Rain from the remnants of Tropical Storm Gaston inundated parts of Richmond and central Virginia last night, closing streets and prompting evacuation of low-lying sections of the region as floating cars bobbed against upper levels of buildings.

Authorities reported sightings of several tornadoes or funnel clouds as the storm swept northeastward from North Carolina, drenching parts of Virginia from Lynchburg to Richmond with as much as a foot of rain.

As winds gusted and trees toppled, electricity was knocked out to more than 100,000 homes and businesses, mostly in the Richmond area. Officials said openings of state offices in Richmond could be delayed by as much as two hours today.

Virginia Gov. Mark R. Warner (D) declared a state of emergency about 8:30 p.m. for hard-hit sections of the state, and said the storm made this year the state's wettest on record.

"We've gone from the driest year [two years ago] to the wettest," Warner said.

Officials feared last night that rapidly rising water might burst the dam at Falling Creek Reservoir in Chesterfield County in Richmond's suburbs, said Dawn Eischen, a spokeswoman for the state Department of Emergency Management. She said evacuation had been ordered below the dam.

"It's been sideways rain" in Richmond, said Kevin Hall, an aide to the governor. Intersections were "clogged with stranded and abandoned vehicles," he said, and many streets were still gridlocked at 11 p.m.

With sirens from emergency vehicles wailing in the background and city streets blocked by high water, Hall said that the governor's declaration made possible the rapid deployment of state agencies and employees for rescue and similar functions.

Warner, who was in Northern Virginia last night for previously scheduled events, said he was canceling an appearance on a Washington radio station this morning to return as soon as possible to the state capital.

He said he anticipated that two state office buildings, the Jefferson and the Madison buildings, would be closed today because of short circuits from flooded basements.

The storm was blamed for knocking out electricity to more than 105,000 homes and businesses in Virginia, according to Dominion Virginia Power. More than 89,000 of those affected were in the central part of the state.

Possible tornadoes were reported through the day in such spots as Poquoson, Hopewell and Appomattox Manor, where 25 to 30 trees were blown down. Sightings also were reported in Dinwiddie County, south of Richmond, where sheds were lifted and tossed around, and in York and New Kent counties, the National Weather Service said.

In addition to Richmond, flooding was reported in Henrico, Hanover and Lunenburg counties.

Relatively little rain fell in the immediate Washington area, as the storm headed across Maryland's Eastern Shore toward Delaware and New Jersey. Forecasts predicted clouds in the area today, then several clear days.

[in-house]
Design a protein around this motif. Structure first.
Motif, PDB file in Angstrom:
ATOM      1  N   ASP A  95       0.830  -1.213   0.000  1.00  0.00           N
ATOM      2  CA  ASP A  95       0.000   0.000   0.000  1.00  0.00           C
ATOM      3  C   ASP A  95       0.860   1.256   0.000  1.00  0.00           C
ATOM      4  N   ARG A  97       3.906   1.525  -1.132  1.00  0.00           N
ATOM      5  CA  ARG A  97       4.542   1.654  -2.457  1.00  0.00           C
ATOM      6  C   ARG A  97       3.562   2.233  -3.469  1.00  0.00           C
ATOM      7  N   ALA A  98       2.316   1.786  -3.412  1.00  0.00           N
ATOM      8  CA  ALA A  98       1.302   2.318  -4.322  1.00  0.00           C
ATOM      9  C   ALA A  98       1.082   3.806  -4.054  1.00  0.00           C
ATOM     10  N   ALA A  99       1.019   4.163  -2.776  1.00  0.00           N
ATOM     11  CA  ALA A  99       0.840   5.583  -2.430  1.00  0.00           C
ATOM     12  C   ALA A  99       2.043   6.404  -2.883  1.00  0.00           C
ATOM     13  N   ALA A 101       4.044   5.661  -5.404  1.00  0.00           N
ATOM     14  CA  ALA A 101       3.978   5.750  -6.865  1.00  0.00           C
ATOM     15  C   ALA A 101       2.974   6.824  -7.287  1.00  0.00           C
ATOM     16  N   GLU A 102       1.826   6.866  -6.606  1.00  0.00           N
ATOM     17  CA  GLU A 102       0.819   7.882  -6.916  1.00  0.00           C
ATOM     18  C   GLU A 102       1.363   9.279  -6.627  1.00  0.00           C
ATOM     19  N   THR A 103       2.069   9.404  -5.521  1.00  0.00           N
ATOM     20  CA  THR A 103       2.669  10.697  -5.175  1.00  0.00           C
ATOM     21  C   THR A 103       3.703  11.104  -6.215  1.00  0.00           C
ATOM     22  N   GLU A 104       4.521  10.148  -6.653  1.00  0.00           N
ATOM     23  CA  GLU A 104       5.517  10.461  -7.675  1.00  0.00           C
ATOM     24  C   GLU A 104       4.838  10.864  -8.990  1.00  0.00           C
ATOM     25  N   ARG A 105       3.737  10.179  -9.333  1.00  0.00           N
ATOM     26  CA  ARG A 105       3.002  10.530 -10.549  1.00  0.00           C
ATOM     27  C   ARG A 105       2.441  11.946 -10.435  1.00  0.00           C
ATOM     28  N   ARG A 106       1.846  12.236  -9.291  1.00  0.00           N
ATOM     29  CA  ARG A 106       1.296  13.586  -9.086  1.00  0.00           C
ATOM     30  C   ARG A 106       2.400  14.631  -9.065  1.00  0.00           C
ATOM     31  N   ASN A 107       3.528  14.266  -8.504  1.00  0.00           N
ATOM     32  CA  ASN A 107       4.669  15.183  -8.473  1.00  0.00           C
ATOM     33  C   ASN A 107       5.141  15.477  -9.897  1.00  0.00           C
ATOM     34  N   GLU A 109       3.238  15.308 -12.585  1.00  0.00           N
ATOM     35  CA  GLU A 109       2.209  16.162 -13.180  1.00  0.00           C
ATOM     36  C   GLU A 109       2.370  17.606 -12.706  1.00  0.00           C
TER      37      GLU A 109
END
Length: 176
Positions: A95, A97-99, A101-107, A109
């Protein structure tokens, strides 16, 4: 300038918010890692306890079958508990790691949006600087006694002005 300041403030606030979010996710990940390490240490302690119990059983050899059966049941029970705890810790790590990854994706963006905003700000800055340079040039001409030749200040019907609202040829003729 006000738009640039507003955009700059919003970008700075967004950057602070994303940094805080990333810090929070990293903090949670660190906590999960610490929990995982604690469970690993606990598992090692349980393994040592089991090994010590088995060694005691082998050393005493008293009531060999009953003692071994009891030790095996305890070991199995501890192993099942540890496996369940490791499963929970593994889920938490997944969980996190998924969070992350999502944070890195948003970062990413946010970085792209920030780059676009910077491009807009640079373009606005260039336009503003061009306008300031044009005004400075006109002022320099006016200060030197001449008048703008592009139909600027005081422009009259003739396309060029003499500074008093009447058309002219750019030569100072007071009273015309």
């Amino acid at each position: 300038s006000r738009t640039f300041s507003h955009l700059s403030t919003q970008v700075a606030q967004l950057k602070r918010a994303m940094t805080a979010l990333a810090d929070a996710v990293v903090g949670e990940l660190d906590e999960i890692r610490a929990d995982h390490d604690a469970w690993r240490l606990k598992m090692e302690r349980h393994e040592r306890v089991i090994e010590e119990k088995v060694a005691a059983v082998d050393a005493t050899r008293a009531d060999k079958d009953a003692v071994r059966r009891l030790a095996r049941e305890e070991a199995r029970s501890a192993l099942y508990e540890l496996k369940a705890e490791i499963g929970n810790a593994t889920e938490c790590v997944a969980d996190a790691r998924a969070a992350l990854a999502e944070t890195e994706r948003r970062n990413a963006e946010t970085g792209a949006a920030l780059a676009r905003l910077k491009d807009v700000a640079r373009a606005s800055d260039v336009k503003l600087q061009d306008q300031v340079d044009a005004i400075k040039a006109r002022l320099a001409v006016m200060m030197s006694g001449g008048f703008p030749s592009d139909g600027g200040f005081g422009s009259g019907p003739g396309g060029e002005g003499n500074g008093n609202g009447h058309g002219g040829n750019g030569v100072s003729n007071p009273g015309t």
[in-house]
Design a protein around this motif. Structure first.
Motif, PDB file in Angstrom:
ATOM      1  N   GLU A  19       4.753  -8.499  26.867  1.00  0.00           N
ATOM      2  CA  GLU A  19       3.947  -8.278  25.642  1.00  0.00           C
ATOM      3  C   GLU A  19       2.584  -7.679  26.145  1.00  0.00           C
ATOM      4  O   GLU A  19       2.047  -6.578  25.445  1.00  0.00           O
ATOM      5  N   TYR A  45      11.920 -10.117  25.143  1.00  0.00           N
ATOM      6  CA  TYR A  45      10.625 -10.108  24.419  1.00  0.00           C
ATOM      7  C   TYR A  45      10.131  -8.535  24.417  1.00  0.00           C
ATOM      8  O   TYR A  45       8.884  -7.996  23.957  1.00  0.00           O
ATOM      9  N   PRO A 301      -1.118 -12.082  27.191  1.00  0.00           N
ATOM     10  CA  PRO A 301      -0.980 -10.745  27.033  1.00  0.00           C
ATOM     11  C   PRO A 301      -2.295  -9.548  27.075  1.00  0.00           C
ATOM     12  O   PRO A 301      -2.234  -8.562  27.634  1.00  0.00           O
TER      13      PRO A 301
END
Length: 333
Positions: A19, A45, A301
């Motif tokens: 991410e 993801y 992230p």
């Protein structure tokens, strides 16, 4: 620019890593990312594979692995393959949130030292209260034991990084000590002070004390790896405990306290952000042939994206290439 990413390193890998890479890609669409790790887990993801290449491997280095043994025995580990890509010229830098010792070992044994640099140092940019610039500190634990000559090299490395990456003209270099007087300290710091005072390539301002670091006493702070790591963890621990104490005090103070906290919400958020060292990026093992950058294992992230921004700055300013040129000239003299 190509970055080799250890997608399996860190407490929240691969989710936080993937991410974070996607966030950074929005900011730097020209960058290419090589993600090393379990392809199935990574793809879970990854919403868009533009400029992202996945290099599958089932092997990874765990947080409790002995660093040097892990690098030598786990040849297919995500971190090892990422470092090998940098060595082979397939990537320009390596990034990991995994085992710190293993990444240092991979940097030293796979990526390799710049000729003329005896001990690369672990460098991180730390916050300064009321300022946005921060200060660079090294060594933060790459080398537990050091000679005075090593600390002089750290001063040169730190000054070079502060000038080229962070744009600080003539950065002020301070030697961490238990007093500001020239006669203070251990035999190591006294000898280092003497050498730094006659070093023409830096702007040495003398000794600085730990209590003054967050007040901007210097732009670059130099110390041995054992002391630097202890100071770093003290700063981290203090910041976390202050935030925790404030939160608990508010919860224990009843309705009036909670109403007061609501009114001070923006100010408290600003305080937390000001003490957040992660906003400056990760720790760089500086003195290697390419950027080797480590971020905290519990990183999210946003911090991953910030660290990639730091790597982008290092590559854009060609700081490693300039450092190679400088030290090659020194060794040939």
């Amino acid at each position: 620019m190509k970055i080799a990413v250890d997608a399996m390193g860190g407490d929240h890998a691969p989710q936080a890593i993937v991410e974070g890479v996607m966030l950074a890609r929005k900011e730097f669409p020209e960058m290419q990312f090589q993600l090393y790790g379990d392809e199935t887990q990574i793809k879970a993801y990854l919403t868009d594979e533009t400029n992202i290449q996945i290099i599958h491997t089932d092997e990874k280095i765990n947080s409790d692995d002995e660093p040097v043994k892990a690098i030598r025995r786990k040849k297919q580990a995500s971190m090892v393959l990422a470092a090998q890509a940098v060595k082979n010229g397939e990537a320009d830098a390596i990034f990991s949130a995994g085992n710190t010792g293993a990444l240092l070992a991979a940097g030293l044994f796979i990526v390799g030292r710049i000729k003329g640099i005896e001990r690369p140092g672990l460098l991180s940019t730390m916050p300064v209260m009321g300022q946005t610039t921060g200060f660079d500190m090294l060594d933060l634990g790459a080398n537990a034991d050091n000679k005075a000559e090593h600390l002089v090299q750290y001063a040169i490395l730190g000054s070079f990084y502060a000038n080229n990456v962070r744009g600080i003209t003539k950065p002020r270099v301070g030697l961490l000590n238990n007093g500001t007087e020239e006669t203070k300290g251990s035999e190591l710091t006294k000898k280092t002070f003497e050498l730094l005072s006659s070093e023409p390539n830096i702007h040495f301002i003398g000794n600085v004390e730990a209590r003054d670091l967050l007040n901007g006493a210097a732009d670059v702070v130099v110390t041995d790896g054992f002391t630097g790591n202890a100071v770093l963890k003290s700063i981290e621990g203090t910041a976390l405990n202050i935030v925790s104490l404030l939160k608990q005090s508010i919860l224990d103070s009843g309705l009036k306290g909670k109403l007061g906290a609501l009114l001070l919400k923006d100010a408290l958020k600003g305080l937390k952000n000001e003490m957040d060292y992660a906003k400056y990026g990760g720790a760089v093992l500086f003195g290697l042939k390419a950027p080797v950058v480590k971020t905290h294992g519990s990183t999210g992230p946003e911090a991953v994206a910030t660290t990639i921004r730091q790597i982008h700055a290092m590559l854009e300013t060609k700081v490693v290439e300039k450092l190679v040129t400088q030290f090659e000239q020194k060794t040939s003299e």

In Richmond, authorities said that waters rose rapidly in the low-lying historic downtown districts near the James River.

"It's flooded," said An Bui, owner of the Mekong restaurant in the city's Fan District.

With his business closed, he said he was stuck there with his pants rolled up to the knees, surrounded by "30 or 40 buckets," collecting water from the restaurant's leaking roof.

"You can't even see outside," he said. "That's how heavy the rain is."

Trees were falling and "cars are floating away," he said.

So it was around much of the city late last night. In the darkness downtown, with electricity still out, many streets east and west of the city remained impassible. Many autos were abandoned along Broad Street and Monument Avenue, two principal thoroughfares.

Matthew Marsili, an interior designer, told the Associated Press that he left work in the Fan District at 5:30 p.m. and hadn't reached his home across town four hours later.

While driving downtown, he said, "all of this water came rushing down the hill all at once. It half-submerged a bus in the middle of the intersection that was filled with people, and cars started floating down the road.

"There was this white Jeep Cherokee that went floating down the road and crashed into the bar at the bottom of Main Street," he said.

Staff writer Michael D. Shear contributed to this report from Richmond.

Kenny Shelton walks among vehicles parked in a flooded parking lot in Richmond. Electricity to 100,000 homes and businesses also was knocked out.Jackie Leighty, left, and Faith Chavis-Ragin look at vehicles submerged in a Richmond parking lot. Many streets were still gridlocked at 11 p.m.